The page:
Russian claims that they continue to sell their oil at pre-sanctions levels turned out to be optimistic. The problems are that Russia didn’t build pipelines to its two largest customers, China, and India, before the Ukraine war, and now can’t because it lacks the means given the impact of Western sanctions. Those sanctions also mean higher costs for delivering oil to existing customers, plus customers now demand lower prices because of the sanctions risk. In the worst cases Russian receives half the world price for their oil. In the best situations there is still a ten or 20 percent discount. There is a similar situation with shipments of liquid natural gas/LNG.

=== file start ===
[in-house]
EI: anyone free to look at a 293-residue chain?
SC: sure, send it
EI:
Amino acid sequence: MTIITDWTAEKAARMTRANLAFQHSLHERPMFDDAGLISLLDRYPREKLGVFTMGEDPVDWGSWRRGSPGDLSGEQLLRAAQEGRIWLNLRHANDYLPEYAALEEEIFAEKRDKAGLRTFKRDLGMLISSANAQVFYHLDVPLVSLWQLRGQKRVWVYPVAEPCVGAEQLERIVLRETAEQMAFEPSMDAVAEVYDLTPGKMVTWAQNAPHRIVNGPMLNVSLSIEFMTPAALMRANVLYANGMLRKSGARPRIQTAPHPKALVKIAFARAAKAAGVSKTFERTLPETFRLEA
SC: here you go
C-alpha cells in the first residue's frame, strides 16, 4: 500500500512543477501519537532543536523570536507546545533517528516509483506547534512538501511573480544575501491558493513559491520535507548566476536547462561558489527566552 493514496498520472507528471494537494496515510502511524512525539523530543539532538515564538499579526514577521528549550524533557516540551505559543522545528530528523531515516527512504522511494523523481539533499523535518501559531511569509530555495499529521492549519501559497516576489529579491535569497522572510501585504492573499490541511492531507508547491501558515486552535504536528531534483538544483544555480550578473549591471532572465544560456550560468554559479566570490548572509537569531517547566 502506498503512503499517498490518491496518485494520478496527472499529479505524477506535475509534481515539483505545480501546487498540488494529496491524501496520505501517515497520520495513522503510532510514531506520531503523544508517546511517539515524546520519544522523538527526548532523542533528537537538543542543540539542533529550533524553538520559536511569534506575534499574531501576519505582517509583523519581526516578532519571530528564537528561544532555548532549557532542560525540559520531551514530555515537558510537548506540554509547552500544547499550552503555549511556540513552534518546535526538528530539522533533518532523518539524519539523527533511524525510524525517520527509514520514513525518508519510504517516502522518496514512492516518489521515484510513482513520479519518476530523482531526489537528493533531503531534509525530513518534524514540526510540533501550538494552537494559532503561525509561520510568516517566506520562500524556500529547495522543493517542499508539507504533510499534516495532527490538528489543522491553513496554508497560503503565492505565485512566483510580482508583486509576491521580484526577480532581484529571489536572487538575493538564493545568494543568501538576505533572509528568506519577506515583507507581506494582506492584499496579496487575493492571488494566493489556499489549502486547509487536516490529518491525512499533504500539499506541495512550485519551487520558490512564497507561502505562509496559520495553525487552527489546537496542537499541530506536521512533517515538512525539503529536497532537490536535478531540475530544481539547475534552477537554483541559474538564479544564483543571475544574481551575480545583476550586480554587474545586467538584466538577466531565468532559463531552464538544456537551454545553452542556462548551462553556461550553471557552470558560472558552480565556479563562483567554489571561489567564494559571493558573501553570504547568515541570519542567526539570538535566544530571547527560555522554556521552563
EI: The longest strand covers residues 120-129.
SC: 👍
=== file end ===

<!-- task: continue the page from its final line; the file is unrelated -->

The worst aspect of all this is that Russian oil sales are now barely profitable. Russia depends on those profits to pay for oil and gas exploration and the construction of new oil and gas extraction and delivery systems, plus maintenance of existing oil and gas infrastructure. The government is so desperate that they have raised prices for Russian customers using oil and natural gas. This adds to the already high inflation in Russia and is very unpopular with the Russian public. Even that is not enough, and Russia’s gas and oil companies continue to suffer enormous losses. In 2023 the losses amounted to $10 billion and in 2024 there are expected to be similar losses. The national oil company cannot maintain, improve, or expand its extraction and delivery systems without those profits. The only alternative is to use cash reserves, but these are already half gone and unless Russia finds better ways to deal with the sanctions their oil and gas sales profits will turn into monetary losses. That is not sustainable and similar situations exist in other economic sectors. Oil has long been Russia’s primary and valuable export. A growing number of Russian enterprises are breaking down and becoming less productive. The government dismisses the extent of these problems but that does not change the negative impact on the economy and military.